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Pilsner ale?

Love 1007 yeast. Currently I’m also playing with WLP810 San Fran Lager. However it does produce a bit of fruity esters in my experience. If you want the cleanest ale, 1007 is one-stop shopping. And they say the dry yeast K-97 is the same thing. I haven’t tried it yet but I would love to hear others’ experience with K-97.

EDIT: With respect to “ale” vs. “lager”, my own definition is scientific: There are two different species, Saccharomyces cerevisia, and Sacch. pastorianus. S.c. is your normal “ale” or “beer” yeast, and tends to form a bit krausen on top of the fermenting wort, however it doesn’t always do this necessarily. S.p. is your “lager” yeast that actually originated from S.c. but through human intervention, lagering in caves, and through interbreeding with other wild yeasts, it developed a way to ferment maltotriose, which S.c. cannot do, and at colder temperatures than most ale yeasts can do. The resulting beers tend to be cleaner and lower in gravity. They also tend to have the krausen form on top initially but sometimes to fall down to the bottom of the fermenting beer, however this does not always happen either.

Any differences in ester profiles, flavors, etc., I think are more due to strain-specifics, fermentation temperature, and conditioning time, than anything else. Can you use an ale yeast cold? Sure, it might work. Some ale strains like US-05 have no problem fermenting down to the low 50s like a lager yeast. Can you use a lager yeast warm? Sure, all lager yeasts will ferment just fine warm, but might give you more esters or funky flavors… but not necessarily either!

Play around, experiment. It’s the best way to learn. A lot of the literature we have available out there is totally wrong. With experimentation and experience, you’ll see just how true this is.


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I would too. At $3.99 you buy 2 and skip the starter. Lately I’ve been impressed with some dry yeast. I had one dated December 2010. I thought I would see what it would do and pitched it into a starter. It took right off! I couldn’t believe it!

Good point, but there was a study done a few years ago that shows a cantillon fermentation done mostly by sacch pastorianus. Doesn’t make it a lager, though.

My point of view (and I certainly understand yours) is that an outside group shouldn’t be categorizing a different culture’s beers based on fairly arbitrary guidelines. If the Germans want to make top-fermented lager, who is the bjcp to say they’re doing it wrong?

Don’t get me started on the BJCP, heheheheh…



I have brewed two wheats with k97 at around 60 degrees…it produces a silky smooth mouth feel…the second one is going in the keg today. Will be harvesting yeast this time around :grinning:

My wy1007 starter (pitched the starter this morning) stinks… like literally stinks. Big sulphur. Normal? (I usually live in the world of British and American yeasts, so forgive the dumb question).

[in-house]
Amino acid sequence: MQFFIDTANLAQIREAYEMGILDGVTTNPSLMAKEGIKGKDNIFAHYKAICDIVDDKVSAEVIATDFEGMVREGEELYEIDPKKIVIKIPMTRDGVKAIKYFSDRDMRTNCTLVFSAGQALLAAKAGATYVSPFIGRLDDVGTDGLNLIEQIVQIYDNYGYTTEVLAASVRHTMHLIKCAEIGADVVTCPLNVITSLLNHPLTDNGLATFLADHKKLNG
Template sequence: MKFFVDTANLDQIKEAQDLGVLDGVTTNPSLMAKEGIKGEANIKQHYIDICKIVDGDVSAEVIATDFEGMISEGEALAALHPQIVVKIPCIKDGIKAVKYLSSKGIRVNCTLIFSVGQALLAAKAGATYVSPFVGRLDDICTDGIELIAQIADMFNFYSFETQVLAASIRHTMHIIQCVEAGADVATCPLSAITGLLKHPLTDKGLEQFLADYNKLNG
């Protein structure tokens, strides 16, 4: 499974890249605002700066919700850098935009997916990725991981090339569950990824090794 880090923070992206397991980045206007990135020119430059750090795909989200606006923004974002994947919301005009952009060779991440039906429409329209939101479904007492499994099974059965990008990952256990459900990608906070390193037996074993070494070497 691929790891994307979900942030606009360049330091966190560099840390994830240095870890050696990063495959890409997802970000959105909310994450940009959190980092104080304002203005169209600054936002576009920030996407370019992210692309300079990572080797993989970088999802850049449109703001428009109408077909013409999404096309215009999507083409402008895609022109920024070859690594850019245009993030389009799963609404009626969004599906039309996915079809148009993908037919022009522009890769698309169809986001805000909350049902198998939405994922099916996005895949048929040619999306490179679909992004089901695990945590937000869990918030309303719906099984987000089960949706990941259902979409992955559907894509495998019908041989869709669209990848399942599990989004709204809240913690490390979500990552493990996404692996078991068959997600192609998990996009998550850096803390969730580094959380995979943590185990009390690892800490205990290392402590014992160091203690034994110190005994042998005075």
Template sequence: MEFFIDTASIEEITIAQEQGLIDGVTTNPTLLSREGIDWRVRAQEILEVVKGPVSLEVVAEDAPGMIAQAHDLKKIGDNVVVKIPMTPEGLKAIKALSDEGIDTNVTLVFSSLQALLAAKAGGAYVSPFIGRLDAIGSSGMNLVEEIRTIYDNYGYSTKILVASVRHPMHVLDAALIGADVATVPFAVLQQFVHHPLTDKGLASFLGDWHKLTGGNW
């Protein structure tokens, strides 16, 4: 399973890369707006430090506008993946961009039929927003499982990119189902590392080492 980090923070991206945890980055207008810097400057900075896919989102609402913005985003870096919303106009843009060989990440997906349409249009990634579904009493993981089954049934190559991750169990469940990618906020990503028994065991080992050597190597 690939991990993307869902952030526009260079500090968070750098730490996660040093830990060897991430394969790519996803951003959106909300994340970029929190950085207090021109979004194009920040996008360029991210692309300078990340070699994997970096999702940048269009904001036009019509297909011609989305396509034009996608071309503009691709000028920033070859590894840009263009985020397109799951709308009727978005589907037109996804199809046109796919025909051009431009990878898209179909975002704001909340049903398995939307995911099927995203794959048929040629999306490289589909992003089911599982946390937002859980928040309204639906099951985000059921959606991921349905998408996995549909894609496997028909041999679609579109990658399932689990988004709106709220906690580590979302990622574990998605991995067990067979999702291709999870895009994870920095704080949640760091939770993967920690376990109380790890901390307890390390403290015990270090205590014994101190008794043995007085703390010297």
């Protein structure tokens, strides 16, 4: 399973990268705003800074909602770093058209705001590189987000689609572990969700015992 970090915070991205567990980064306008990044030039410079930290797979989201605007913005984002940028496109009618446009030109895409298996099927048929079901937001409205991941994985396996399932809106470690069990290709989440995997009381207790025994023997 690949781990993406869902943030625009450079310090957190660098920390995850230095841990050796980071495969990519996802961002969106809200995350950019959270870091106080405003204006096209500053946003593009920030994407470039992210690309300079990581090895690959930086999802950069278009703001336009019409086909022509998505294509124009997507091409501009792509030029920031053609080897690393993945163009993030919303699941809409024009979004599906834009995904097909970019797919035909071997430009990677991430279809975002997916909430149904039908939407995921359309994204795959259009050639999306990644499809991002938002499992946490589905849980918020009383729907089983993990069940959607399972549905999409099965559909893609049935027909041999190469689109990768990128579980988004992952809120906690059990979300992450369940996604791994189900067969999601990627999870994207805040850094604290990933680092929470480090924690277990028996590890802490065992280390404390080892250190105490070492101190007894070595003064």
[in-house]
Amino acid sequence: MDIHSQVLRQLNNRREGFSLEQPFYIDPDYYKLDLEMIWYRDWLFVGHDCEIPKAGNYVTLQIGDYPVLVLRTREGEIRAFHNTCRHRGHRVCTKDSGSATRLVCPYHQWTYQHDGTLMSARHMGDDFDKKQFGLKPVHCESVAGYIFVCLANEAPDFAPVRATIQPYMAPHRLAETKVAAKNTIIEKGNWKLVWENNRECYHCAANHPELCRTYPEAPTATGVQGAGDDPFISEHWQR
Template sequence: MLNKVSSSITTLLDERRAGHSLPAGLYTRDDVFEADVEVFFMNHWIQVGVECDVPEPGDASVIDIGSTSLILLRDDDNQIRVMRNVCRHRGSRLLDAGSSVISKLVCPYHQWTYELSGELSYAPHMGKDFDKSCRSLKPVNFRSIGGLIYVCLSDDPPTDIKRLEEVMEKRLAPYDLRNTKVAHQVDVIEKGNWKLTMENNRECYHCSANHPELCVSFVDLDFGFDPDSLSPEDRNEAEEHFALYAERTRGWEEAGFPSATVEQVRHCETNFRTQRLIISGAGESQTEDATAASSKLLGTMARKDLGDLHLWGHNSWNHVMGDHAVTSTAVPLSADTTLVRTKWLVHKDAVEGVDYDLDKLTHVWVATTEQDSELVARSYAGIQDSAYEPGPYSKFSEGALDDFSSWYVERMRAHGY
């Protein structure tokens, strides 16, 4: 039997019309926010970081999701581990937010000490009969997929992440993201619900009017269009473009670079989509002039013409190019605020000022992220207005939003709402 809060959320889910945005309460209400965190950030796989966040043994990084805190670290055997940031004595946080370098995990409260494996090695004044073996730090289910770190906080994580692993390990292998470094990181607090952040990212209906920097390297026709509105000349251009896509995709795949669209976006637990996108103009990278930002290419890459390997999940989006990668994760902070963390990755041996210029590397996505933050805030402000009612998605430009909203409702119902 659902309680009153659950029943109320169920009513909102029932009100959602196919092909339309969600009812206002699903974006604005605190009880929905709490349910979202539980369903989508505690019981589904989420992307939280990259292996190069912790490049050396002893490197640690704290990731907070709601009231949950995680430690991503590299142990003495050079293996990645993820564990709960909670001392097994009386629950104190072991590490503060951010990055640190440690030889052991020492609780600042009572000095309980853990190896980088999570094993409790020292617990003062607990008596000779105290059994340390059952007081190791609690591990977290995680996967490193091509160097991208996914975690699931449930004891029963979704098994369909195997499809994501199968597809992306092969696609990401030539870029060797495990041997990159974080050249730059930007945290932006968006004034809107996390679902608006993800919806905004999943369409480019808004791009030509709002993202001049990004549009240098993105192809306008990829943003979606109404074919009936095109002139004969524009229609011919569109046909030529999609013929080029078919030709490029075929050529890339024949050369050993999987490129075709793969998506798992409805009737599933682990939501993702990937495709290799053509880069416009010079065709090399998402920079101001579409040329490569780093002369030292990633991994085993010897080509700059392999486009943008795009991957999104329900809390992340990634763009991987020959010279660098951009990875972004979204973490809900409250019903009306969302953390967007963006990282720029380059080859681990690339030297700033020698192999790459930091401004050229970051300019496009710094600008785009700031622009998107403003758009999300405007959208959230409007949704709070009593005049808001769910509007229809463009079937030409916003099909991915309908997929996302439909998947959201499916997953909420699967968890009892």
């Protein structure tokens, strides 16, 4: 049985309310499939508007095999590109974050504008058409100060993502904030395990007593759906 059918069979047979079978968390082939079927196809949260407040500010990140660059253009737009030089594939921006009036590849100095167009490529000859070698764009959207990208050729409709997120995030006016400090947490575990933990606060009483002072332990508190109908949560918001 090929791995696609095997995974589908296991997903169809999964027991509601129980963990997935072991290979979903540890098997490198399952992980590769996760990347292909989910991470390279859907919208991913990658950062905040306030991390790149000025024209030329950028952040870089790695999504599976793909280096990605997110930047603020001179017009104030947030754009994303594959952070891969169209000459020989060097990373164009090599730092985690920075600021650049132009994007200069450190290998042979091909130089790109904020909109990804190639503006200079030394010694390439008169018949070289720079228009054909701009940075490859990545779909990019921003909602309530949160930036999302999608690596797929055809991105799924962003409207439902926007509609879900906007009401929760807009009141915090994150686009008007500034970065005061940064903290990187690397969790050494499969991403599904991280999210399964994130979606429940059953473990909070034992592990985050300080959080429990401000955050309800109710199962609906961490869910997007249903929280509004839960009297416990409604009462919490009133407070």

Yeah, normal. It will turn out awesome.


Ran across this article today that has seme relevance to this thread.

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Closing the loop. I really freaked out about the sulphur, but it finally went away. This is a drinkable first attempt!


Looks very good! So, how do you describe your taste perception? Sneezles61

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Now that looks refreshing

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Really soft, kinda neutral. A bit of nuttiness from the malt, instead of the breadiness that I usually associate with a pilsner. Not as crisp, either. I hopped with saphir late addition, and its subtle, but kind of orangey… vaguely reminds me of marmalade. Next attempt, I might bump up the 60 minute addition for a little more bitterness, add a little acid to my distilled water regimen, and pick a spicier flavor hop.


I recall Voodoo mention citric acid to help with the crispness… Maybe something to try… I haven’t, yet… Sneezles61

Man, I want to sit there with you and drink a couple of those!

Sounds like a really interesting beer. I’ve never used saphir. What hops did you bitter with and to what IBU? I’ve been using german Magnum or czech saaz to 29-30 ibu. Given the softer taste of the faux pils you may need more bittering.

What water profile did you use? I’ve tried building up from distilled and settled on using my well water with lactic acid to cut the pH and alikilinity. I like the well water best for my pils. I feel like it gives the pils more pop. It accentuates the malt profile and gives the hops more of the bite and the beer more of the dryness I’m looking for. With a Helles I like distilled better. It’s softer.

Last time I brewed 12 gals of pils I used 9 ml of lactic in the strike water to mash at 5.4 and 9 in the sparge to hit 5.2 kettle pH. It’s the best cz pils and closest to urquell I’ve ever brewed. It’s all about the water. I’ve used the same grist bill and hop schedule dozens of times.

I bittered with Northern Brewer to 30 IBUs. I’ve effectively clobbered my palate with IPAs, so probably need to bump that up a bit.

I build up from distilled and had a bit of a hard time coming up with a profile on this. Since I use distilled, I’ve never really done an acid addition before, and tried to avoid it here. I went with super light touches of calcium chloride and gypsum, but the calculator I used wasn’t giving me a low pH. I ended up with a calculated 5.5 after dinking with it. I’m going to revisit Brunwater for the target profiles again. I guess I’ll have to read up on kettle pH.

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